Cover art for Israeli television drama False Flag The Israeli television drama 'False Flag' follows the lives of five strangers who suddenly find themselves involved in a high-profile crime. (Photo: False Flag)

If you enjoy the unpredictable storylines of espionage thrillers, Hulu's "False Flag" should earn a top spot on your watchlist. The drama, created by the same studio that gave us "Homeland," revolves around five ordinary Israeli citizens who one day wake up to discover they've been implicated in an international kidnapping scheme. While it's clear they've been framed, New York Times critic Mike Hale adds in an extremely positive review that the real story is much more layered.

"The five may not be guilty of kidnapping but they’re all guilty of something — an affair, a hidden criminal past, an insatiable appetite for attention — that complicates their attempts to prove their innocence and provides the show with five mysteries for the price of one," he writes.

And the Washington Post raved: "On a scale of 1 to 10, 'False Flag' rates a 99 for suspense. Critics aren’t calling it the new 'Homeland' for nothing."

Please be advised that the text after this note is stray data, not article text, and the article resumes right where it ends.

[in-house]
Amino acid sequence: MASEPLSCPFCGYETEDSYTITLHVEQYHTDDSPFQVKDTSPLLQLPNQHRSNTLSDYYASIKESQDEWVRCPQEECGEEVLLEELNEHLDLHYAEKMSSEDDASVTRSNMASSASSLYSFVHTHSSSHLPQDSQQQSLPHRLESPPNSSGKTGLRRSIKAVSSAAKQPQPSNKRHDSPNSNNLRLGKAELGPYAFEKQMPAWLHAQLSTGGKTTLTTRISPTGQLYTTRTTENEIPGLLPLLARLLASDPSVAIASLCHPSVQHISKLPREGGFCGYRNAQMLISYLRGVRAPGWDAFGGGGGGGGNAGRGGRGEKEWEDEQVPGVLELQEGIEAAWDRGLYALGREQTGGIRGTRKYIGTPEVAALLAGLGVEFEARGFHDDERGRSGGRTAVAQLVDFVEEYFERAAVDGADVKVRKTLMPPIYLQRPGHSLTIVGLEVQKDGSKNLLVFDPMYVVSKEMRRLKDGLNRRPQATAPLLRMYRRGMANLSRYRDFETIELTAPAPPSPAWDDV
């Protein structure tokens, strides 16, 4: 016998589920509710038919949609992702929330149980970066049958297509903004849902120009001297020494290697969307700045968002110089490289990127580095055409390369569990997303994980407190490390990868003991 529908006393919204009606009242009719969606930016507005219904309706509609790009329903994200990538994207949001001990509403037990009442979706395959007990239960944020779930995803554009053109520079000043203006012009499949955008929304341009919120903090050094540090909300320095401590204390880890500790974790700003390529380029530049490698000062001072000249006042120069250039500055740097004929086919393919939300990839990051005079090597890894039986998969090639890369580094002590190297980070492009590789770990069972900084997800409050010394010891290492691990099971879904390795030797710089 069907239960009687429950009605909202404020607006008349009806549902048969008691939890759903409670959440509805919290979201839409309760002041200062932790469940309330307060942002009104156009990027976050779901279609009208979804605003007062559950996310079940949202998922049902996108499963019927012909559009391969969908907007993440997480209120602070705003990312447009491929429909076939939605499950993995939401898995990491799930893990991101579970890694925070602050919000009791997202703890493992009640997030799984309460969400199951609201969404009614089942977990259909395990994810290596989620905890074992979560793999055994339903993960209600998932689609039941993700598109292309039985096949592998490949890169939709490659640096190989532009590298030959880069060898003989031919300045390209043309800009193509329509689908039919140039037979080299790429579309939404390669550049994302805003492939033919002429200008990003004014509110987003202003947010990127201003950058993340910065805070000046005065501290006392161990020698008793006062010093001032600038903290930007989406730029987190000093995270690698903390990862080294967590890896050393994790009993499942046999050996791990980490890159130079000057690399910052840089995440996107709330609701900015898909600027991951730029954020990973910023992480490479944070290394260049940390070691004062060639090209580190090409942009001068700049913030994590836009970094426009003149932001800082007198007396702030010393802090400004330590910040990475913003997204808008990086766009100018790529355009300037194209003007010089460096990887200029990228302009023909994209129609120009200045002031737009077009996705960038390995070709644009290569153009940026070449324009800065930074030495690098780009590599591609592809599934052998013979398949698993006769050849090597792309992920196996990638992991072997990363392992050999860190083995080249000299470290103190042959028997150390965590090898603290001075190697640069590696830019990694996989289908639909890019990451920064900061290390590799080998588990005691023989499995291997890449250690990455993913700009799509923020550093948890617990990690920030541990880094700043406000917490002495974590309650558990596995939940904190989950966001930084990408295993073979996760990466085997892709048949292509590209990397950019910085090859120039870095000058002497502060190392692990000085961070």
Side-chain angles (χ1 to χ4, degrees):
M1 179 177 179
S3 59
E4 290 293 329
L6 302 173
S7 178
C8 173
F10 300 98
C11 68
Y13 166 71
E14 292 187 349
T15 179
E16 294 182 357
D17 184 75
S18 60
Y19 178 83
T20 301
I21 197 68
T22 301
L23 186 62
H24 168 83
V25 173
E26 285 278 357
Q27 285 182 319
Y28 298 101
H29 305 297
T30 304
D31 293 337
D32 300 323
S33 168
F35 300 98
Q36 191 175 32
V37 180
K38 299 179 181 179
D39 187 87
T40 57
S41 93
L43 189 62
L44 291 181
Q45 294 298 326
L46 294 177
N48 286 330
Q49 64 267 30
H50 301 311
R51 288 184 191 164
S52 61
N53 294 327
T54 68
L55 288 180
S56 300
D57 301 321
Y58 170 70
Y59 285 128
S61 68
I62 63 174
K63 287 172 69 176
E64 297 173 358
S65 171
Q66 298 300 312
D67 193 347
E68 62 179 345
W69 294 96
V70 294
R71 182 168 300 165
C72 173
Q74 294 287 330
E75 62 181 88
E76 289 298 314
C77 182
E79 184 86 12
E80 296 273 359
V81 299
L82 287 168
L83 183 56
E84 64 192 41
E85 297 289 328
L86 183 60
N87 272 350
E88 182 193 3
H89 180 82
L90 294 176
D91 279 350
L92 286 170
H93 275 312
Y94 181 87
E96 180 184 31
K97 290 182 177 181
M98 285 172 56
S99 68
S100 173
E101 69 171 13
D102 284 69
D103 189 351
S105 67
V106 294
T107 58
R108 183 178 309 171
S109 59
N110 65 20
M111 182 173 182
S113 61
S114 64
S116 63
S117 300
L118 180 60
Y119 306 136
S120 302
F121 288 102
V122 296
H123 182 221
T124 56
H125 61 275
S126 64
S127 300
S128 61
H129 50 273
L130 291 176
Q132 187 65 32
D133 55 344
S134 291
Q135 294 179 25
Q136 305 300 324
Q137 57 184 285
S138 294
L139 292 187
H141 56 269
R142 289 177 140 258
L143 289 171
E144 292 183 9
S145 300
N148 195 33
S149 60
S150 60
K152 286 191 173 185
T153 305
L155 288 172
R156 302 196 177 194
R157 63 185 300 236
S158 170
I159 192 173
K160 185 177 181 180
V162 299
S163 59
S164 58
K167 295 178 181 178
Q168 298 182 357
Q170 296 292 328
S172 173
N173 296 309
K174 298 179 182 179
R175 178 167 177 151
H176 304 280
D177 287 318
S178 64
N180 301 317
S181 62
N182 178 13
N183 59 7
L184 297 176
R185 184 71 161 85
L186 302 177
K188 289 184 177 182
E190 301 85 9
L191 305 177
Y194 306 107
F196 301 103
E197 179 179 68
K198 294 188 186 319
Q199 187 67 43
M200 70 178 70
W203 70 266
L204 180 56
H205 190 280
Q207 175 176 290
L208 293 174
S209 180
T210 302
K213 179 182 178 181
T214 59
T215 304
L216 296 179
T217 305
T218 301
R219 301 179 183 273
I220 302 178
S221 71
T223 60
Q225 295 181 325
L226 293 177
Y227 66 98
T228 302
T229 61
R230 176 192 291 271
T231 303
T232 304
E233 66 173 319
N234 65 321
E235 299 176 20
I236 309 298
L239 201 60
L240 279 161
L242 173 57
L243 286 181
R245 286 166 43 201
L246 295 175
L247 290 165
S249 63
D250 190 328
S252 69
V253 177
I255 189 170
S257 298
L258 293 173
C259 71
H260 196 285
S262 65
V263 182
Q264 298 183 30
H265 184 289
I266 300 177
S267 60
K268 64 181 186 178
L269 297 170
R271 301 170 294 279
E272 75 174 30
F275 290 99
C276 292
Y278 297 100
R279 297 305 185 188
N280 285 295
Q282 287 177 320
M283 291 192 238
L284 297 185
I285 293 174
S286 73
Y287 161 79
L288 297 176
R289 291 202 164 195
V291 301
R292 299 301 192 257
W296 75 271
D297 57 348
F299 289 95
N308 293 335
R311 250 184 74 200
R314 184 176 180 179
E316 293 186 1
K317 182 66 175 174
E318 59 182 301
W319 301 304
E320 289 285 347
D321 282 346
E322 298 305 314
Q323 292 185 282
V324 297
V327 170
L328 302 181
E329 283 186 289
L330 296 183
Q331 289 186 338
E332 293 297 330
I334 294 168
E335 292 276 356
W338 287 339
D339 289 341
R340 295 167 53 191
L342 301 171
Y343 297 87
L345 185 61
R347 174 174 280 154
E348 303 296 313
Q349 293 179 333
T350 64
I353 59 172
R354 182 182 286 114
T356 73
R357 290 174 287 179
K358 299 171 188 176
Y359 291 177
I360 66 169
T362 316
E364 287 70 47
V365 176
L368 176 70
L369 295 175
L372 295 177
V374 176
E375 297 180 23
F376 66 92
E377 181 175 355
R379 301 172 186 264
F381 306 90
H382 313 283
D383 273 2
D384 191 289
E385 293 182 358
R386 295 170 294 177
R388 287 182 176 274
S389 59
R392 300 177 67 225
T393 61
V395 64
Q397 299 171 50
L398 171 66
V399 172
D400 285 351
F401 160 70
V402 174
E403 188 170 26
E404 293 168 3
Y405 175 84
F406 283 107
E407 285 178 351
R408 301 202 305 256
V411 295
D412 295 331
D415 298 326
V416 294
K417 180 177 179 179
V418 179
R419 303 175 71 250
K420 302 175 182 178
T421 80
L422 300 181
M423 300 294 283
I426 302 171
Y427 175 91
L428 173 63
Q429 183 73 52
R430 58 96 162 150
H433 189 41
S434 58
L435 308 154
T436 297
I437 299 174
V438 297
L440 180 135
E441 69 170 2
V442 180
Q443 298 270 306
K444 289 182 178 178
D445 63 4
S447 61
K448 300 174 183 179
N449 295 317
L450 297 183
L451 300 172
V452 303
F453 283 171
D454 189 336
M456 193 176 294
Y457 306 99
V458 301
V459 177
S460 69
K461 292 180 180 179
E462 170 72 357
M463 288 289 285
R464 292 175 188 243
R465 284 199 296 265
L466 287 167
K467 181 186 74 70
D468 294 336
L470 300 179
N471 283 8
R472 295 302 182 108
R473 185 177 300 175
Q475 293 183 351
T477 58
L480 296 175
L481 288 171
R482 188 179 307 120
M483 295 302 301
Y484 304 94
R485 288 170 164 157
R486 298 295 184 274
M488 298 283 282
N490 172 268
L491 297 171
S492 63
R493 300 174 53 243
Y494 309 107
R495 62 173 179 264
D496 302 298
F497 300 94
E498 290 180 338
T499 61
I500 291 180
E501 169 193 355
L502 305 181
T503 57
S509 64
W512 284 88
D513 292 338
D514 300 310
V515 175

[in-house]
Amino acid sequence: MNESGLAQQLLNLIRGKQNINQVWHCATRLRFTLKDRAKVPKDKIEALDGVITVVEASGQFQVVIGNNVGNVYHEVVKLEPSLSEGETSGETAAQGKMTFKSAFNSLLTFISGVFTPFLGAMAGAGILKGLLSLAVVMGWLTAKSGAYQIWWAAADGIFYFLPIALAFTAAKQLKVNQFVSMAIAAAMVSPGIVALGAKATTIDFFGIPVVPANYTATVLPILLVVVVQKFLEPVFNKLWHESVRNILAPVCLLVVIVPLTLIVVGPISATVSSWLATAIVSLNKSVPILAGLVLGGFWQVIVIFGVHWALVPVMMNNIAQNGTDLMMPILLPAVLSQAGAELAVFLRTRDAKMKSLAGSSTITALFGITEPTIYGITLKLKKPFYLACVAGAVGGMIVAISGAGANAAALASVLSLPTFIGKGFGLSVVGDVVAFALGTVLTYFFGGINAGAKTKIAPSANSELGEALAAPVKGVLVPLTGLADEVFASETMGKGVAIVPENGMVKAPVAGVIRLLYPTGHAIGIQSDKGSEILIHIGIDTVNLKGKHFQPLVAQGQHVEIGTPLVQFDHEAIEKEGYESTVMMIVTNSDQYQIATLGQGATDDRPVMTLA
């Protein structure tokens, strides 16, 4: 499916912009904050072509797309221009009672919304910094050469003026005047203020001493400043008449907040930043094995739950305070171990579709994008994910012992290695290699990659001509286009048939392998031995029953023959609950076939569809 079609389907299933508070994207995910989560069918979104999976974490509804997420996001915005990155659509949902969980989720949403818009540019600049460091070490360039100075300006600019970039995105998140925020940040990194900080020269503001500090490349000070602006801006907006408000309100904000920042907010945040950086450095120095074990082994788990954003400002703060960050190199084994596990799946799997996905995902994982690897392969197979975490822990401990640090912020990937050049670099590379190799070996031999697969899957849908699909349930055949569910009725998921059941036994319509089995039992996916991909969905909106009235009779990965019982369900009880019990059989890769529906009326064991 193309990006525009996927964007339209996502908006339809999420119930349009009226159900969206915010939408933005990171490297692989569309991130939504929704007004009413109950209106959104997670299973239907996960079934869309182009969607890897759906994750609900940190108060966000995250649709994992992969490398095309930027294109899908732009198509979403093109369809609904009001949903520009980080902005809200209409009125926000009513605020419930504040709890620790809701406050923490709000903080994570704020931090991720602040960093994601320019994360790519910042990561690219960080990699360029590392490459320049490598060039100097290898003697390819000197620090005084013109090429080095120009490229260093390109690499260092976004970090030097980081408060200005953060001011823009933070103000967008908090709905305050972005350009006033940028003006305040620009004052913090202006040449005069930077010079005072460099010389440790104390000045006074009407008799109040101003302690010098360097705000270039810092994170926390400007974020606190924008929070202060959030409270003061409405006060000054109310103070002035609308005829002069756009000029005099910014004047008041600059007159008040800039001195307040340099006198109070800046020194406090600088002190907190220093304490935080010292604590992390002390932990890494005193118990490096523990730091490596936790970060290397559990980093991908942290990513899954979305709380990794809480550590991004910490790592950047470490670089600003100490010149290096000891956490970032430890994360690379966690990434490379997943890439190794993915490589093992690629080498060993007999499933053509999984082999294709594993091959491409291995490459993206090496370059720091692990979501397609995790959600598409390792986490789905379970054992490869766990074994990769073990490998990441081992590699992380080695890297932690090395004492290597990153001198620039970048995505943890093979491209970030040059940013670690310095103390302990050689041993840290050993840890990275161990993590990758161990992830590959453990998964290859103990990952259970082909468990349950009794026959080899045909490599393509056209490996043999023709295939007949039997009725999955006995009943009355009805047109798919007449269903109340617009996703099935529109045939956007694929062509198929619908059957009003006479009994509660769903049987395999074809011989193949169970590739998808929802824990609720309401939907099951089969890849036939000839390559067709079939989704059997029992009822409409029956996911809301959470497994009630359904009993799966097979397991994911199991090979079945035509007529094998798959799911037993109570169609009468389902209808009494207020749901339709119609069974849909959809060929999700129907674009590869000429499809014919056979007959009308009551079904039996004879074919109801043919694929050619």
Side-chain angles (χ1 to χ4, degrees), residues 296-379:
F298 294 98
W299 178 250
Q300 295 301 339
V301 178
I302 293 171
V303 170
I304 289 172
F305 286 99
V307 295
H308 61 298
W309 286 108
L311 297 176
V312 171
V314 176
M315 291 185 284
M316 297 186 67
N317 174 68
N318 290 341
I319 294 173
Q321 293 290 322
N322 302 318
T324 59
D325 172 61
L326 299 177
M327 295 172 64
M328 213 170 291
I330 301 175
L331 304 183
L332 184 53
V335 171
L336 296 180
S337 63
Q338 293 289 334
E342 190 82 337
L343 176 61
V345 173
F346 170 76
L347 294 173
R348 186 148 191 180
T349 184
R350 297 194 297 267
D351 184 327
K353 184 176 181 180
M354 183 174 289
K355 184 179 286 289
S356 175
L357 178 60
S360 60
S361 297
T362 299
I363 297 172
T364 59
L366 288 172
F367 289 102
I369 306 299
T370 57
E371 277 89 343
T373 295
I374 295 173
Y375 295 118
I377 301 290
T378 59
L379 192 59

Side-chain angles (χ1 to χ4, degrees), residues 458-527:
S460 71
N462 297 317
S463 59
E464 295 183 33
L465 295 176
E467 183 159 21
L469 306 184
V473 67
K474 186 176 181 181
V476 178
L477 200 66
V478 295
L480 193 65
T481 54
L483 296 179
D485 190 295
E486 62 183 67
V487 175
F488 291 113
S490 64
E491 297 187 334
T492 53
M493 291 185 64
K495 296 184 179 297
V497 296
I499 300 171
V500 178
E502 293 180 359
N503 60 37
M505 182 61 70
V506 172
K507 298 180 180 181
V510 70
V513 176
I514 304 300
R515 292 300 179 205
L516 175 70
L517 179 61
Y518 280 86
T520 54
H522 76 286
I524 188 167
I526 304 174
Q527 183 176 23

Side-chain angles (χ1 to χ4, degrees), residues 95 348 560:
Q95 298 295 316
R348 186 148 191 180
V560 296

While most of the cast will be unfamiliar to American audiences, one face that will most certainly stand out to viewers is Israeli actress Ania Bukstein. With leading roles in both HBO's "Game of Thrones" series (as the red priestess Kinvara) and on NatGeo's "Genius" (as the Russian spy Margarita Konenkova), Bukstein is quickly becoming one of those chameleon character actors valued throughout Hollywood.

'The Handmaid's Tale' / Hulu

Still shot of Elisabeth Moss as Offred in the Handmaids Tale Based on the novel by Margaret Atwood, 'The Handmaid's Tale' takes place in a dystopian future where fertility rates have collapsed. (Photo: Hulu)

A modern adaptation of Margaret Atwood’s acclaimed novel, "The Handmaid's Tale" is set in a dystopian future where fertility rates have plummeted and women called "Handmaids" are forced into sexual and child-bearing servitude. According to showrunner Bruce Miller, the show's setting in Gilead, the nation that has replaced the United States, is even more unnerving because of its surprising beauty.